Some of you may laugh at me for including this one, but I still believe it’s not necessarily intuitive to everyone. The sitting position that we use on the toilet is not really a natural position for using the bathroom. Don’t try and mimic a toilet position in the wilderness, it’s tiring and not as effective. I’ve heard some people will bench against a tree for support, but my recommendation is to squat with your knees out so that you get your bottom as close to the ground as possible. Try and keep your feet a good distance apart and use your hand to brace against whatever is nearby. If you’re on a slope, pee downwards to avoid the pee running back into your shoes. Likewise, if its super windy, pee with the wind. If you still find squatting really difficult, consider getting a pee funnel to make it easier. Some people really love these, just make sure you give consideration to how you will clean and store it.

 

That’s it for my tips, but there are 3 more backcountry bathroom considerations that I’d like to discuss:

1. What to do when it’s not possible to dig a cathole? There are some situations where it’s just not possible to dig a cathole, primarily in the alpine where it is mostly rock. Fortunately I haven’t been in this situation very often and I usually try and plan ahead (i.e. poop in advance when it’s possible to bury it), but unfortunately in some cases you will just have to take your poop waste with you as well. If it’s a short haul, use a sealed container like a pringles can and dispose of it when possible by burying it or dumping in an outhouse. If it’s a long haul, consider getting a proper waste disposal bag. I don’t have experience with these myself, but there are waste disposal bags, such as the wag bag, on the market.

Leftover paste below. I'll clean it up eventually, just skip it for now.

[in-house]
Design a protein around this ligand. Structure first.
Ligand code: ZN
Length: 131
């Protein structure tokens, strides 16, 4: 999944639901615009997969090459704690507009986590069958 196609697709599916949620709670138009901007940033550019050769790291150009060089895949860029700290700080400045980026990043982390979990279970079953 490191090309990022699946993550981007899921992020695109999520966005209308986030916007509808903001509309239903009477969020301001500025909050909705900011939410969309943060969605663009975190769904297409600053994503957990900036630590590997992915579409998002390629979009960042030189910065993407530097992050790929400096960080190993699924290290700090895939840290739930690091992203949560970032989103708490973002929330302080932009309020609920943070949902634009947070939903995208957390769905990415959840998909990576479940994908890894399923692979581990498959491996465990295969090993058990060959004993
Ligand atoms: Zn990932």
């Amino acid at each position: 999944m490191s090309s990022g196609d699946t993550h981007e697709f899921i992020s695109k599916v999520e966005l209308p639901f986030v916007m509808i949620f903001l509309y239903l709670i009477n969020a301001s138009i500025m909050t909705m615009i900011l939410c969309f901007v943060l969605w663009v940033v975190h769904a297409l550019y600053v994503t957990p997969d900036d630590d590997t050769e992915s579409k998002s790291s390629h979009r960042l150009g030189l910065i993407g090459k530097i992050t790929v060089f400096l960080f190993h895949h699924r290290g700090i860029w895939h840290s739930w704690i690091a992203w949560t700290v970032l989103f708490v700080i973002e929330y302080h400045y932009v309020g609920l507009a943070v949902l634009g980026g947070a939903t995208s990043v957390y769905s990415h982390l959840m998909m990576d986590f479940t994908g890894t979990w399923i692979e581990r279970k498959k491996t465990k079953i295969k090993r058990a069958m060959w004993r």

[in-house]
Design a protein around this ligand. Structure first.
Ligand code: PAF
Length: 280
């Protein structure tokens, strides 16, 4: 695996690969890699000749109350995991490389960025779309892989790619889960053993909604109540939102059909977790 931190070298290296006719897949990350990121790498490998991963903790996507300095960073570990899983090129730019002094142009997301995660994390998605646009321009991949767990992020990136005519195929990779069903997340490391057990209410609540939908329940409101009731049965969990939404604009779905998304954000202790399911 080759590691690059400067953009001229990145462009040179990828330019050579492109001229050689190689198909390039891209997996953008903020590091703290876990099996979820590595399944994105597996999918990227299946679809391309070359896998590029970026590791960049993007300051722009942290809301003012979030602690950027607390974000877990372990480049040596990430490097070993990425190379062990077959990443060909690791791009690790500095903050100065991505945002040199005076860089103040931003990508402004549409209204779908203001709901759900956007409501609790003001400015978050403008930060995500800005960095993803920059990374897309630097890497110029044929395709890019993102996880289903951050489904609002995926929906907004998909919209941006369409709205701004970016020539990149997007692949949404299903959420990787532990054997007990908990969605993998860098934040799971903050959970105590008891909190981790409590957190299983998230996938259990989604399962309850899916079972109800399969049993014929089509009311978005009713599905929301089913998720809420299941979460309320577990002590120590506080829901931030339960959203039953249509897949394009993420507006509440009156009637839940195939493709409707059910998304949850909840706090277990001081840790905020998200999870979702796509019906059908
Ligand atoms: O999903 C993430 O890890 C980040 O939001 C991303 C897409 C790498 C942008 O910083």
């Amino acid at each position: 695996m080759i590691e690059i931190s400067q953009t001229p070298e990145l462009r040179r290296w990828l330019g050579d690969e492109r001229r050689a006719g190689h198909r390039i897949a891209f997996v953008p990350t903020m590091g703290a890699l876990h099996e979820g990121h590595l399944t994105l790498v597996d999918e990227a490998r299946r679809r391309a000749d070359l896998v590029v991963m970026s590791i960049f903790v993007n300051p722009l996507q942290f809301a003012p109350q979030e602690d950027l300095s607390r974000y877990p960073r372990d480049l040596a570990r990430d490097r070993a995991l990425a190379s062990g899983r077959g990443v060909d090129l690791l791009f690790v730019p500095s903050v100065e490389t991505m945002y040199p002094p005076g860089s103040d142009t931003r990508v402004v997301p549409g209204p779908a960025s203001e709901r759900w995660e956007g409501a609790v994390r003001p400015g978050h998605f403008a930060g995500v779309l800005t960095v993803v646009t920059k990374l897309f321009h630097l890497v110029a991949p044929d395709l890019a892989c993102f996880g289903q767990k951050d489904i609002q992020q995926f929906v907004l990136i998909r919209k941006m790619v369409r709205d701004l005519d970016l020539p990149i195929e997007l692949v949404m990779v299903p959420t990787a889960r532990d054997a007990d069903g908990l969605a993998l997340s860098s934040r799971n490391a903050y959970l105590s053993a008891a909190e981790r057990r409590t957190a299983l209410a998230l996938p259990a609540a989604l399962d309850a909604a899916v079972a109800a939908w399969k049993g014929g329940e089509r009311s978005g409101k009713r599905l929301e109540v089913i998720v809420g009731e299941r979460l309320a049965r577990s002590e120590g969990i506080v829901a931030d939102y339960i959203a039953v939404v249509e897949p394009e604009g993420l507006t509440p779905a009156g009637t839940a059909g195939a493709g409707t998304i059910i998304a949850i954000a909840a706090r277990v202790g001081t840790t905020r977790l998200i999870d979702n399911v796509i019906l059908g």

2. What’s the deal with menstrual cups? Menstrual cups are definitely not for everyone and if you’d prefer to continue using pads or tampons, that is totally great, though I’d recommend against free-bleed in the backcountry for wildlife reasons. Essentially, it’s a silicone cup with a stem that collects menstrual blood and is removed, dumped, and cleaned up to every 12 hours. Personally, I’ve been using a menstrual cup for several years and I absolutely love it. I find it more comfortable than tampons or pads and I like that you don’t have to change it as frequently. It’s great for the backcountry because it’s easier for disposal and you only have to carry the one little cup with you instead of a stash of products. But it’s definitely messy and that can be a challenge to manage. Always wash your hands before inserting or removing. It can also be hard to wash the cup in the backcountry, so I usually just give it a wipe with some toilet paper or pour some water on it if I’m only out for a day or two. There’s lots of cups on the market, I have only tried DivaCup, but I love it.

3. What about pee cloths? I don’t personally have experience with pee cloths since I don’t mind just dealing with pee tissue, but I’ve heard a lot of people really love them. It’s basically a microfiber quick dry cloth that can be used multiple times and then laundered after the trip. If you have one, you can carry less toilet paper and subsequently, less pee tissue. I won’t get into it because I don’t have any experience with them, but I’ve heard Kula is a great brand and recommend checking them out if you want to learn more about it.

 

And that concludes my bathroom talk. It’s important to take care of ourselves and the environment, so it’s also important to normalize talking about it. I hope you learned something and always do your best to be prepared in the wilderness!